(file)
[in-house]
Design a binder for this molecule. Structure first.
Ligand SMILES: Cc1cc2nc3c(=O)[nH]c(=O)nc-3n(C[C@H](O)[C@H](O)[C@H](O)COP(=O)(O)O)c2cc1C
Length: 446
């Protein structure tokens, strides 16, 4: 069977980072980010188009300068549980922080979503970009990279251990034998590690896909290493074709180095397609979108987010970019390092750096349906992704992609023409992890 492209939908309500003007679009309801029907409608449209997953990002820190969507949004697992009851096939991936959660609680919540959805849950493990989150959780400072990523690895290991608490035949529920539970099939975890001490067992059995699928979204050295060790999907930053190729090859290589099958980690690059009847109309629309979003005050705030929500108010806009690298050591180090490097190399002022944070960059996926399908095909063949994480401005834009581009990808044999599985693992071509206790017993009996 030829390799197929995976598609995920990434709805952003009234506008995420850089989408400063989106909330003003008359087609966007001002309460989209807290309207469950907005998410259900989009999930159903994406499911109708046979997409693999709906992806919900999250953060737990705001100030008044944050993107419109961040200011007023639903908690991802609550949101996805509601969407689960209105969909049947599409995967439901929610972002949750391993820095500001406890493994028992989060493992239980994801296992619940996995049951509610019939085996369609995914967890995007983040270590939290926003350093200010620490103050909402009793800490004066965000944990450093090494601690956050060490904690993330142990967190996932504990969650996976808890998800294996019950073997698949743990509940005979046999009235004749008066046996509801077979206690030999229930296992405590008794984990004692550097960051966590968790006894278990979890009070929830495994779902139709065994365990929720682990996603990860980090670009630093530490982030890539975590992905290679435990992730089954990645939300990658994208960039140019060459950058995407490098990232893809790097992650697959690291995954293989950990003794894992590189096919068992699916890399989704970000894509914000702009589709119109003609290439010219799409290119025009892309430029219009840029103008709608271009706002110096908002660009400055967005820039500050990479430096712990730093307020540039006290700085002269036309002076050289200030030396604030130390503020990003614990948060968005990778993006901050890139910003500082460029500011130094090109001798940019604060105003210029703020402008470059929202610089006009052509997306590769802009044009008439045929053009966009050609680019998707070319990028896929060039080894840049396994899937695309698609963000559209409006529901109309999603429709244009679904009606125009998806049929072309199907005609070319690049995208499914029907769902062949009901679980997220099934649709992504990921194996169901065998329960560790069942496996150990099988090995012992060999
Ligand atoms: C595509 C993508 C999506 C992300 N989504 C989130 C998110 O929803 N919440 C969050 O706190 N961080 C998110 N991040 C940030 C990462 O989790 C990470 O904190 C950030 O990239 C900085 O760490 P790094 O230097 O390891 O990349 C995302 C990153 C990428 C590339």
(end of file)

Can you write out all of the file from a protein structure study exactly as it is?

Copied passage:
[in-house]
Design a binder for this molecule. Structure first.
Ligand SMILES: Cc1cc2nc3c(=O)[nH]c(=O)nc-3n(C[C@H](O)[C@H](O)[C@H](O)COP(=O)(O)O)c2cc1C
Length: 446
């Protein structure tokens, strides 16, 4: 069977980072980010188009300068549980922080979503970009990279251990034998590690896909290493074709180095397609979108987010970019390092750096349906992704992609023409992890 492209939908309500003007679009309801029907409608449209997953990002820190969507949004697992009851096939991936959660609680919540959805849950493990989150959780400072990523690895290991608490035949529920539970099939975890001490067992059995699928979204050295060790999907930053190729090859290589099958980690690059009847109309629309979003005050705030929500108010806009690298050591180090490097190399002022944070960059996926399908095909063949994480401005834009581009990808044999599985693992071509206790017993009996 030829390799197929995976598609995920990434709805952003009234506008995420850089989408400063989106909330003003008359087609966007001002309460989209807290309207469950907005998410259900989009999930159903994406499911109708046979997409693999709906992806919900999250953060737990705001100030008044944050993107419109961040200011007023639903908690991802609550949101996805509601969407689960209105969909049947599409995967439901929610972002949750391993820095500001406890493994028992989060493992239980994801296992619940996995049951509610019939085996369609995914967890995007983040270590939290926003350093200010620490103050909402009793800490004066965000944990450093090494601690956050060490904690993330142990967190996932504990969650996976808890998800294996019950073997698949743990509940005979046999009235004749008066046996509801077979206690030999229930296992405590008794984990004692550097960051966590968790006894278990979890009070929830495994779902139709065994365990929720682990996603990860980090670009630093530490982030890539975590992905290679435990992730089954990645939300990658994208960039140019060459950058995407490098990232893809790097992650697959690291995954293989950990003794894992590189096919068992699916890399989704970000894509914000702009589709119109003609290439010219799409290119025009892309430029219009840029103008709608271009706002110096908002660009400055967005820039500050990479430096712990730093307020540039006290700085002269036309002076050289200030030396604030130390503020990003614990948060968005990778993006901050890139910003500082460029500011130094090109001798940019604060105003210029703020402008470059929202610089006009052509997306590769802009044009008439045929053009966009050609680019998707070319990028896929060039080894840049396994899937695309698609963000559209409006529901109309999603429709244009679904009606125009998806049929072309199907005609070319690049995208499914029907769902062949009901679980997220099934649709992504990921194996169901065998329960560790069942496996150990099988090995012992060999
Ligand atoms: C595509 C993508 C999506 C992300 N989504 C989130 C998110 O929803 N919440 C969050 O706190 N961080 C998110 N991040 C940030 C990462 O989790 C990470 O904190 C950030 O990239 C900085 O760490 P790094 O230097 O390891 O990349 C995302 C990153 C990428 C590339």